Still wondering why you can’t describe Central Pain, nor, the emotional impact?
“I were but little happy if I could say how much” Shakespeare
Deep emotions are silent, like the deep of the ocean. Mysterious, isolated, historically lost, and never visited. The Marianas Trench in the western Pacific waters is a place so deep that it might as well be on Mars so far as exploration goes. This vast hole in the earth is so unknown and so unknowable that propositions for its use include mainly as a repository for nuclear waste. After all, what could come up from those depths. Well, plenty, actually.
After the Holocaust, there were a few, such as Primo Levi who managed to write of his experience. His anger was so great and his forgiveness so blank, that he set about to describe unimaginable suffering. Patrick Wall called him the only author ever to do justice to suffering. Much more common was the perception that description was futile. Indeed, only the photographs seemed capable of capturing the pitiless, unworldly, mechanics of the human abatoire.
Levi attempted to enlist others in recording the experience, including the two famous sisters who had survived a concentration camp against incredible odds, but these others were tired of trying to convince people. They could not undermine the experience they had survived by painting it in the ordinary words of the English language. Terrible suffering is nearly always unspeakable suffering. At some point the poverty of words is evident, and only photographs can capture a glimpse which speaks to the unbelieving, unconverted eye.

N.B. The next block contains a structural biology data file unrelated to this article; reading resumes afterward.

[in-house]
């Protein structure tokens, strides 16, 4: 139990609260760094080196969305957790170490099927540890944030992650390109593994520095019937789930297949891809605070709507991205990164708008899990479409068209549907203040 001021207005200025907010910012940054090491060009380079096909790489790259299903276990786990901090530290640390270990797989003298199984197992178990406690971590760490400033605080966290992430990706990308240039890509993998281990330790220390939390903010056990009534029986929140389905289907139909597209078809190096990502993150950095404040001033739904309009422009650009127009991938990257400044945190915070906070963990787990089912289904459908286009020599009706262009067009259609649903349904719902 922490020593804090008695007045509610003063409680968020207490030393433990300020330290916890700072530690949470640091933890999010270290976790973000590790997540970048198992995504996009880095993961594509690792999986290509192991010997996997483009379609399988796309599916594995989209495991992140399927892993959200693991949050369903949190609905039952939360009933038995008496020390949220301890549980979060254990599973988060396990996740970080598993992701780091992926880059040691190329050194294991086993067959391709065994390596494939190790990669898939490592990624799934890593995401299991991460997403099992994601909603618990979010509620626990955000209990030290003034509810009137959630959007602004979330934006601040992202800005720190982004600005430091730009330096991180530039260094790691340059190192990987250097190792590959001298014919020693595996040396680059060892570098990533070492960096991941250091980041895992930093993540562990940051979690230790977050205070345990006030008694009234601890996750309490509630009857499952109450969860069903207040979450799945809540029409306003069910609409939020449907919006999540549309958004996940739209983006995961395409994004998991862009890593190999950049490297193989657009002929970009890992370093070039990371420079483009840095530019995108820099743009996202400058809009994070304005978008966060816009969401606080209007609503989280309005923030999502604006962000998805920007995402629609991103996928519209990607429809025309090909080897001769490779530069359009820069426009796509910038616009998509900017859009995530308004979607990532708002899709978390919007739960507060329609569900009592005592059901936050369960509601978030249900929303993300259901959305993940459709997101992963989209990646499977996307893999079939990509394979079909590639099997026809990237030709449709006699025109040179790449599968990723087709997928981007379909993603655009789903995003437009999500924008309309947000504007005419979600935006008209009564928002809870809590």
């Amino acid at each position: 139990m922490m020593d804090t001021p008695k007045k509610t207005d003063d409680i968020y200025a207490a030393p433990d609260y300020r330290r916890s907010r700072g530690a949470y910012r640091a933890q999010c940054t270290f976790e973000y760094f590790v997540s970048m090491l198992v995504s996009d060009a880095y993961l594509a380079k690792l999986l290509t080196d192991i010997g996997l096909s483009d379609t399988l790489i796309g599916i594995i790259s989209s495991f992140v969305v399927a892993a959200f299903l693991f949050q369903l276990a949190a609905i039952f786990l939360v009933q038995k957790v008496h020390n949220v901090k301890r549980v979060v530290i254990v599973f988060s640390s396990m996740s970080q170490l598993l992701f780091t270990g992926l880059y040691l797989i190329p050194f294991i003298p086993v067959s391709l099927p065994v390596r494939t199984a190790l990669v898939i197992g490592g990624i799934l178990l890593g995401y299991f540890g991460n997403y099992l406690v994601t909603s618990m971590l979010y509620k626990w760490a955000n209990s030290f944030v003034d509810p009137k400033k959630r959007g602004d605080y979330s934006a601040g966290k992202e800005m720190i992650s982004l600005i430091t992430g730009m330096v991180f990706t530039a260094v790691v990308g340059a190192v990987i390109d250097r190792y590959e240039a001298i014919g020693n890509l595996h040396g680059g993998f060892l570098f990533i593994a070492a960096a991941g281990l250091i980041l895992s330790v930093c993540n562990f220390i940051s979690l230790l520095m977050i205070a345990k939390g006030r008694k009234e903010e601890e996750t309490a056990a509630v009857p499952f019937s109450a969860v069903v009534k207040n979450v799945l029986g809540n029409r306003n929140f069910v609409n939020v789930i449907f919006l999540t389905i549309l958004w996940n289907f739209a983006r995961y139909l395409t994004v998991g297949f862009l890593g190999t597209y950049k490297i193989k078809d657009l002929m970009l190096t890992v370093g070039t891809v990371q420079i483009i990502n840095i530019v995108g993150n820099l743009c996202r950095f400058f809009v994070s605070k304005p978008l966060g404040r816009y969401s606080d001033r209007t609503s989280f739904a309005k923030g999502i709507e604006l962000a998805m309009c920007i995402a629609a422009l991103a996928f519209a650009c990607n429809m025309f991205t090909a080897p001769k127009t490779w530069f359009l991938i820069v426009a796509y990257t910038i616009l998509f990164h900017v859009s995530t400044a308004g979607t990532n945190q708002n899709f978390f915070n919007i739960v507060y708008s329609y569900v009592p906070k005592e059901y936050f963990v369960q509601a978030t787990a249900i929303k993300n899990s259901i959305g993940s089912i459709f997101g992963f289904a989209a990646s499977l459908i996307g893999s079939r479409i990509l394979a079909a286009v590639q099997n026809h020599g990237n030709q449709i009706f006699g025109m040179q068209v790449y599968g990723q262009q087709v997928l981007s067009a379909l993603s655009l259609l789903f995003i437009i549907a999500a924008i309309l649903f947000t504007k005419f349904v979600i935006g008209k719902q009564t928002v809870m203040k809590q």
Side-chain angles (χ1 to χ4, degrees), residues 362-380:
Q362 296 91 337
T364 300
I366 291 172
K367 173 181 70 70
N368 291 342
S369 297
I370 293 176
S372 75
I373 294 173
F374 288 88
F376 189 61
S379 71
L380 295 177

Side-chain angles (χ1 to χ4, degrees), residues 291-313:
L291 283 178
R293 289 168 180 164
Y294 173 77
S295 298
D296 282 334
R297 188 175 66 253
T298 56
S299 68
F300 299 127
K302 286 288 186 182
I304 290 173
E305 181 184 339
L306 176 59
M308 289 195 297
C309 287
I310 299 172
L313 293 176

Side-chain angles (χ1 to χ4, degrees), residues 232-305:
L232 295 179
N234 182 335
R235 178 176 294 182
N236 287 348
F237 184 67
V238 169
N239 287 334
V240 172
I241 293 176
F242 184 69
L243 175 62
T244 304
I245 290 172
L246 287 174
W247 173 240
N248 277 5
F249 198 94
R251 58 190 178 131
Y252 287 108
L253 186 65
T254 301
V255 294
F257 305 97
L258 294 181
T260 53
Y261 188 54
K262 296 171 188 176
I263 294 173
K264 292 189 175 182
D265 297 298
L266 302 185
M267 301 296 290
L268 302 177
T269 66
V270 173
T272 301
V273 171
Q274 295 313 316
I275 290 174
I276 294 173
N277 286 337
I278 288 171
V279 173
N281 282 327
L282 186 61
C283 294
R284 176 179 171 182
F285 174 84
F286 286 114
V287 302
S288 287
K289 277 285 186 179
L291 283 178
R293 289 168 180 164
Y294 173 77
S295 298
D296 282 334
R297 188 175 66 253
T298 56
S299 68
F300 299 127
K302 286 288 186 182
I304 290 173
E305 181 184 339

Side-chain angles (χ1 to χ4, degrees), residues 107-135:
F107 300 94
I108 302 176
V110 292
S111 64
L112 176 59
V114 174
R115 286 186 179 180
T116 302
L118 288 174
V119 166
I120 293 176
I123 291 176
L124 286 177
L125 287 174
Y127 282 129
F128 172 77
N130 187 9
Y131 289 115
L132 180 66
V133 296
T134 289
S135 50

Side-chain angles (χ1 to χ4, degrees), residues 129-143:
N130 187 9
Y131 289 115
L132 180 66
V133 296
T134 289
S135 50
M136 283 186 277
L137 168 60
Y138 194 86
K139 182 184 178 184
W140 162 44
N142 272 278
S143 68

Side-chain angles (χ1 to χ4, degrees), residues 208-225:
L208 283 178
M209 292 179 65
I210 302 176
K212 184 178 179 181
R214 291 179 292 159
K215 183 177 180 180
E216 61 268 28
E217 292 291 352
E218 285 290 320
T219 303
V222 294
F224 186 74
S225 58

Extreme happiness is also beyond language. What does the mother say when assured that death will surely come to the burned child, only to hold the child healthy again in her arms. She may say “I am very happy.”, but what does that mean? And, what does “I am very sad” mean? What does it mean to say that Central Pain is the worst pain state known to man? Is CP one percent beyond everything else, or does it occupy a place so far distant from other experiences, that it is outside the reach of language entirely?
Adding to this is the fact that the pain sensations, at least the dysesthetic burning, is bizarre and not matched by any words in the English language, nor any other language. It is “dysesthetic burning”, but what does that mean? Words simply have no meaning if there is not a shared context of human experience. Central Pain just as well be designated by a number for all the good language does. CP has no vernacular.
I have Central Pain. I have but little pain if I could say how much.